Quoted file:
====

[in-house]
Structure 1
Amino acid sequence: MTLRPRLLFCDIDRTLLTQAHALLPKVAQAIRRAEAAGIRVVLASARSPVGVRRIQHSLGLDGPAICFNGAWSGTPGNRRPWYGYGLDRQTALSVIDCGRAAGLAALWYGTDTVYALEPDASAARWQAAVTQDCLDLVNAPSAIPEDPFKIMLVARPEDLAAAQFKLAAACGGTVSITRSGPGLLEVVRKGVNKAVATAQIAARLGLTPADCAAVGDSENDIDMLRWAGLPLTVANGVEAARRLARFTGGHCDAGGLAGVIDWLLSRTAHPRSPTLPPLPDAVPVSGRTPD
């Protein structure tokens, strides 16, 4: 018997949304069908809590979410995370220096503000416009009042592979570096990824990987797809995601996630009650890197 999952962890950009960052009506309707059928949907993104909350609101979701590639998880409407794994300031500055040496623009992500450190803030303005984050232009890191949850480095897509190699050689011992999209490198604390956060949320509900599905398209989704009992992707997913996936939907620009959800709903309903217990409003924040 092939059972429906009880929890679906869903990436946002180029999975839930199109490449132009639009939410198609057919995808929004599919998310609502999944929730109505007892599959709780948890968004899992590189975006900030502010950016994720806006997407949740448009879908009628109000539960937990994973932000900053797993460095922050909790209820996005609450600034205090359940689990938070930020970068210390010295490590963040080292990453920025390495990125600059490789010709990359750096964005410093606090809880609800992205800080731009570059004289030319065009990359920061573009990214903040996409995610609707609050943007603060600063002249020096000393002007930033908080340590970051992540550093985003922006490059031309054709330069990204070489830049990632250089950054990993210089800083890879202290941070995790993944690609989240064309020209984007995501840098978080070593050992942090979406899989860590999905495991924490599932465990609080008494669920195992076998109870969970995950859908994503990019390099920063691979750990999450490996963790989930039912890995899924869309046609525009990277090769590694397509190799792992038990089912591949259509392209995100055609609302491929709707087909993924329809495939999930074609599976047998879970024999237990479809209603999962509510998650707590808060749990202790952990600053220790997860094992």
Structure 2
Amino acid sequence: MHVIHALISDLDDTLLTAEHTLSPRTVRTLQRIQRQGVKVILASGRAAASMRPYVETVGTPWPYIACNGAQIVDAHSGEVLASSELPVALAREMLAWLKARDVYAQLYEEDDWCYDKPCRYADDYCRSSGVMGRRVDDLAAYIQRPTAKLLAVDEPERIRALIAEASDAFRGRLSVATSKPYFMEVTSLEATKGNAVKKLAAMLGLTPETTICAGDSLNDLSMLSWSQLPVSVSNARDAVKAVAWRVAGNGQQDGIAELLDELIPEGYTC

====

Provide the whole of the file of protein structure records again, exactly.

[in-house]
Structure 1
Amino acid sequence: MTLRPRLLFCDIDRTLLTQAHALLPKVAQAIRRAEAAGIRVVLASARSPVGVRRIQHSLGLDGPAICFNGAWSGTPGNRRPWYGYGLDRQTALSVIDCGRAAGLAALWYGTDTVYALEPDASAARWQAAVTQDCLDLVNAPSAIPEDPFKIMLVARPEDLAAAQFKLAAACGGTVSITRSGPGLLEVVRKGVNKAVATAQIAARLGLTPADCAAVGDSENDIDMLRWAGLPLTVANGVEAARRLARFTGGHCDAGGLAGVIDWLLSRTAHPRSPTLPPLPDAVPVSGRTPD
């Protein structure tokens, strides 16, 4: 018997949304069908809590979410995370220096503000416009009042592979570096990824990987797809995601996630009650890197 999952962890950009960052009506309707059928949907993104909350609101979701590639998880409407794994300031500055040496623009992500450190803030303005984050232009890191949850480095897509190699050689011992999209490198604390956060949320509900599905398209989704009992992707997913996936939907620009959800709903309903217990409003924040 092939059972429906009880929890679906869903990436946002180029999975839930199109490449132009639009939410198609057919995808929004599919998310609502999944929730109505007892599959709780948890968004899992590189975006900030502010950016994720806006997407949740448009879908009628109000539960937990994973932000900053797993460095922050909790209820996005609450600034205090359940689990938070930020970068210390010295490590963040080292990453920025390495990125600059490789010709990359750096964005410093606090809880609800992205800080731009570059004289030319065009990359920061573009990214903040996409995610609707609050943007603060600063002249020096000393002007930033908080340590970051992540550093985003922006490059031309054709330069990204070489830049990632250089950054990993210089800083890879202290941070995790993944690609989240064309020209984007995501840098978080070593050992942090979406899989860590999905495991924490599932465990609080008494669920195992076998109870969970995950859908994503990019390099920063691979750990999450490996963790989930039912890995899924869309046609525009990277090769590694397509190799792992038990089912591949259509392209995100055609609302491929709707087909993924329809495939999930074609599976047998879970024999237990479809209603999962509510998650707590808060749990202790952990600053220790997860094992």
Structure 2
Amino acid sequence: MHVIHALISDLDDTLLTAEHTLSPRTVRTLQRIQRQGVKVILASGRAAASMRPYVETVGTPWPYIACNGAQIVDAHSGEVLASSELPVALAREMLAWLKARDVYAQLYEEDDWCYDKPCRYADDYCRSSGVMGRRVDDLAAYIQRPTAKLLAVDEPERIRALIAEASDAFRGRLSVATSKPYFMEVTSLEATKGNAVKKLAAMLGLTPETTICAGDSLNDLSMLSWSQLPVSVSNARDAVKAVAWRVAGNGQQDGIAELLDELIPEGYTC